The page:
Video: The Real Guitars Found in 8 Classic Music Movies

When you talk to guitar players about why they started playing and what inspired them, it's fairly common to hear them reference a scene in a landmark movie. For many players, a memorable moment on the big screen had as much of an influence on them as an era-defining album or groundbreaking live performance. While some kids spent their childhood longing for Angus Young's Gibson SG, other kids grew up dreaming of Marty McFly's ES-345.

Here at Reverb, we thought it would be fun to explore these movie moments and the instruments behind them. We've identified some of the most famous axes from a number of celebrated films and modern cult classics. When possible, we tell the true stories behind them.

There are so many timeless music moments in movies that we'll likely do another installment down the line. But there's simply not enough time or space to include them all here. To start, we've compiled the guitars—mainly electrics—from eight of our favorite movies.

Have your own favorite guitars from other films? Let us know in the comments.

Bill & Ted's Excellent Adventure

If you were alive in the '80s and the early '90s, it's hard to forget the totally excellent cultural impact of 1989's Bill & Ted's Excellent Adventure.

Alex Winter and Keanu Reeves in Bill & Ted's Excellent Adventure

In case you missed it, Bill and Ted is the story of two time-traveling, heavy metal–loving high school burnouts who end up creating a perfect rock 'n' roll–based utopia of the future, all as a result of trying to pass history class and avoid military school. It also co-stars stand-up comedy legend George Carlin (Rufus), alongside the then-rookie actors Keanu Reeves (Ted) and Alex Winter (Bill).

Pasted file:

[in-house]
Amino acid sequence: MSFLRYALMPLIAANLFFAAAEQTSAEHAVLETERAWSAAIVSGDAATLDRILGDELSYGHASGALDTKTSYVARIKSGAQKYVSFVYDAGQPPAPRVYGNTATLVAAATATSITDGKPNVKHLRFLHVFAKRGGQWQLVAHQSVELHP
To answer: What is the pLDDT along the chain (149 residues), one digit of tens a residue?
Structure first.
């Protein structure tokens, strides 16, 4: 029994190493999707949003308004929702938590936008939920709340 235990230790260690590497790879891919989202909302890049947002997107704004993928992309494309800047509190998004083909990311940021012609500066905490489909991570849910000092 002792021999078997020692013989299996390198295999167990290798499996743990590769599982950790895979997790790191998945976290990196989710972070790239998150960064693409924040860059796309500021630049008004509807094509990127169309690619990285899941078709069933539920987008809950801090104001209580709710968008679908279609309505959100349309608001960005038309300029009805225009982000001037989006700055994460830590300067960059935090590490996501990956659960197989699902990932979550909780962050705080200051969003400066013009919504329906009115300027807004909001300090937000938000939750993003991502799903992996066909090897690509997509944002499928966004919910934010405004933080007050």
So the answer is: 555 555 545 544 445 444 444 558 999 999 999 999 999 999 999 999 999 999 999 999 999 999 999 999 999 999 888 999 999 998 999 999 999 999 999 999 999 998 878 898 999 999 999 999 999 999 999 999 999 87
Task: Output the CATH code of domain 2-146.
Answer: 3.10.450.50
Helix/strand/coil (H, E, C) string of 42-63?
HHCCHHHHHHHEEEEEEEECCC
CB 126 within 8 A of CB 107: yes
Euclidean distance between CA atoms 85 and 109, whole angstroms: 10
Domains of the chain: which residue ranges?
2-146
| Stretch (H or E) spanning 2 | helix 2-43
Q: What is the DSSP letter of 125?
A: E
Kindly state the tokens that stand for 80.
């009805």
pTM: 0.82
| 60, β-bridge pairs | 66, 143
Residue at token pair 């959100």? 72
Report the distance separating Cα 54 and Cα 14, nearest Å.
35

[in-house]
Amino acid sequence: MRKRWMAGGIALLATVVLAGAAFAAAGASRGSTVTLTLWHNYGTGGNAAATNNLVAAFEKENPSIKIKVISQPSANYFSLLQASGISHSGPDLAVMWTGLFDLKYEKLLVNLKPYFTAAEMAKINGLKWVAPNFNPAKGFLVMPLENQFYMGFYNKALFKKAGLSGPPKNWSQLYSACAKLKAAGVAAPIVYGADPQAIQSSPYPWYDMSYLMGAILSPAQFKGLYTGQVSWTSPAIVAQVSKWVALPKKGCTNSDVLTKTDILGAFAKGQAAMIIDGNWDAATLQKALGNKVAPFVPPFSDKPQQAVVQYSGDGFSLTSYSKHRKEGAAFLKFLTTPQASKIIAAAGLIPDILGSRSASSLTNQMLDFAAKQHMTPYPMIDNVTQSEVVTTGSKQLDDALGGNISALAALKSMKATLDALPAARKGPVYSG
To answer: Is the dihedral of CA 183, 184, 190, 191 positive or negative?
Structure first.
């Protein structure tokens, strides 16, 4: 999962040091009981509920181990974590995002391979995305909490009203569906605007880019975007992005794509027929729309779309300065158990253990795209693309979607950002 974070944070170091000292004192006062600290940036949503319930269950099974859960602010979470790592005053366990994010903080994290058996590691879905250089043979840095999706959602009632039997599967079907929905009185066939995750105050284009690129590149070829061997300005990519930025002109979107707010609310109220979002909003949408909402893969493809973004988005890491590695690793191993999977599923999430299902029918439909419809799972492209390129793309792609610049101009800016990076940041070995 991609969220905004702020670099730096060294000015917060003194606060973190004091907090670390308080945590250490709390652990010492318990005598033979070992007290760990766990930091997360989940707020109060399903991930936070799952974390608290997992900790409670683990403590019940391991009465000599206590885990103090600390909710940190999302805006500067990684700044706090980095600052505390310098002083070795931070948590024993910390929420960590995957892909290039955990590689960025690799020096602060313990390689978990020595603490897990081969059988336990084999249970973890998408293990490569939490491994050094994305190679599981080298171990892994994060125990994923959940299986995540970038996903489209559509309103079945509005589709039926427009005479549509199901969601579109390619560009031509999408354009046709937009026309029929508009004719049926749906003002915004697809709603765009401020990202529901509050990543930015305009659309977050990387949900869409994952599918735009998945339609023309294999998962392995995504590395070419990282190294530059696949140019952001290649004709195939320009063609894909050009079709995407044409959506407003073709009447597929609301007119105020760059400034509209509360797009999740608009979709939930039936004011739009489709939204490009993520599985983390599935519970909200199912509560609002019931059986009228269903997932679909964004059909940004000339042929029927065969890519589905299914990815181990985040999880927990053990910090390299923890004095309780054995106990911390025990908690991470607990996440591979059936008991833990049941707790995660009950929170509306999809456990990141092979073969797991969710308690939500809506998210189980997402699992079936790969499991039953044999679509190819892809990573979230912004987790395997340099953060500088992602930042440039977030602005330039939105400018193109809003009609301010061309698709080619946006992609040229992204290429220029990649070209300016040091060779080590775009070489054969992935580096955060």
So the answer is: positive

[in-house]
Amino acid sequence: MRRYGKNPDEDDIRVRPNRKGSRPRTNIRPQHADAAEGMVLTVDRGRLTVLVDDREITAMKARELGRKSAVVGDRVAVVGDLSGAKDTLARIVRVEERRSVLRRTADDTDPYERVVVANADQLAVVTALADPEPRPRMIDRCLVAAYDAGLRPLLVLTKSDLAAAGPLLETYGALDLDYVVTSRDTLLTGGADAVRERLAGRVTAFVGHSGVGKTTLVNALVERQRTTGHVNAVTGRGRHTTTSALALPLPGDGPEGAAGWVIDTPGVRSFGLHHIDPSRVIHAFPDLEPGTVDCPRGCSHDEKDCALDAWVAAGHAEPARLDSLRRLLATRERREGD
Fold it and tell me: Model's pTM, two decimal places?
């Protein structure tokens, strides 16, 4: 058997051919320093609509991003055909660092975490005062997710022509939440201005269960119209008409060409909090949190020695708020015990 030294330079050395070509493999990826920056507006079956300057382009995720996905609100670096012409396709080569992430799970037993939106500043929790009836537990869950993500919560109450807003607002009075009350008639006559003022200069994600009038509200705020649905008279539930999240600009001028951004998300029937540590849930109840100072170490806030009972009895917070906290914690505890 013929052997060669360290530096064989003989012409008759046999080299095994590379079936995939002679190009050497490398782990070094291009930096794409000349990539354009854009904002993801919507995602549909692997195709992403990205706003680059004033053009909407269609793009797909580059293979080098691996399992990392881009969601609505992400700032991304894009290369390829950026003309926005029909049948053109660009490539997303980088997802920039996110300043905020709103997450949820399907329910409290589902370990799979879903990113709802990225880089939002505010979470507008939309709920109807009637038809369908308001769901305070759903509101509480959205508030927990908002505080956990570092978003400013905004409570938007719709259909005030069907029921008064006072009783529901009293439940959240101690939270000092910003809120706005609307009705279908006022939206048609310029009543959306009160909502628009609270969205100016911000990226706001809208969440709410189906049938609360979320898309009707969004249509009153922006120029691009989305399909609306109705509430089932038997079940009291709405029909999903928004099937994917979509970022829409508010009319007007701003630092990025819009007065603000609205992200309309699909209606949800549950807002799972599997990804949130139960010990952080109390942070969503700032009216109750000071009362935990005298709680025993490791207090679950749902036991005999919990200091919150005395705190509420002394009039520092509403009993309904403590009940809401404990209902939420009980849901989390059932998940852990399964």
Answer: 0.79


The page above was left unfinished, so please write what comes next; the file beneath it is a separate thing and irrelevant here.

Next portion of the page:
Both of the main guitars throughout this movie—those Bill and Ted play up until the movie's final performance—are actually quite rare, though not exactly good guitars. The reason ultimately is spelled out in the movie's story arc: Bill and Ted were supposed to have started on junk guitars before being gifted guitars of the future—Steinbergers, of course—by the time-traveling Rufus.

1973 Ibanez 2375N

The first guitar up is Ted's decal-less Stratocaster copy. Both of the stoner heroes' guitars are difficult to identify, and it takes some serious knowledge of early Ibanez and lawsuit-era guitars to figure this out.

Based on vintage catalogs, at best guess Ted's mystery Strat would have been a 1973 Ibanez 2375N, with the N designating a natural finish.

While the catalog version of this guitar displays a different color pickguard and white truss rod cover, the shape of the truss rod cover in Bill & Ted matches the black covers on other Ibanez models at the time, and the headstock shape is a dead-ringer as well. While it can't be said for sure, this is most likely the correct identity of this guitar.

Vintage Ibanez catalog

1965/'66 Murph Squire II T

What can be confirmed is the identity of Bill's pre-utopia guitar—the Murph Squire II T. While it looks like just another '60s MIJ Fender offset knockoff, Murph guitars have an interesting history in and off themselves.

Murph was a mid-'60s, California-based guitar company created by Thomas "Pat" Murphy that only lasted from 1965 to 1967. In that time they made a number of unique models (like 12-string electric with a vibrato system) at very low production numbers. Their most common and popular models were the Squires—not to be confused with Fender's Squier brand.

Bill's Squire II T, named in part for its two pickups, looks to be completely original, based on the film and pictures of others out there on the market. While these were originally marketed as true budget guitars—even selling through Sears catalogs in the '60s as such—today Murph guitars can fetch as high as $3,000 USD or more. Earth to Bill, you might want to flip that guitar for some more gear.

1965 Murph Squire II T

Late-'80s Steinberger GP2-S and Steinberger GP3T

The last significant guitars to make an appearance in Bill & Ted are a pair of headstock-less Steinberger GP models, presumably from '88/'89. While there have been some forum rumblings over the years that these guitars were made custom for the movie, it does appear that both are stock production models from the time of the film's release.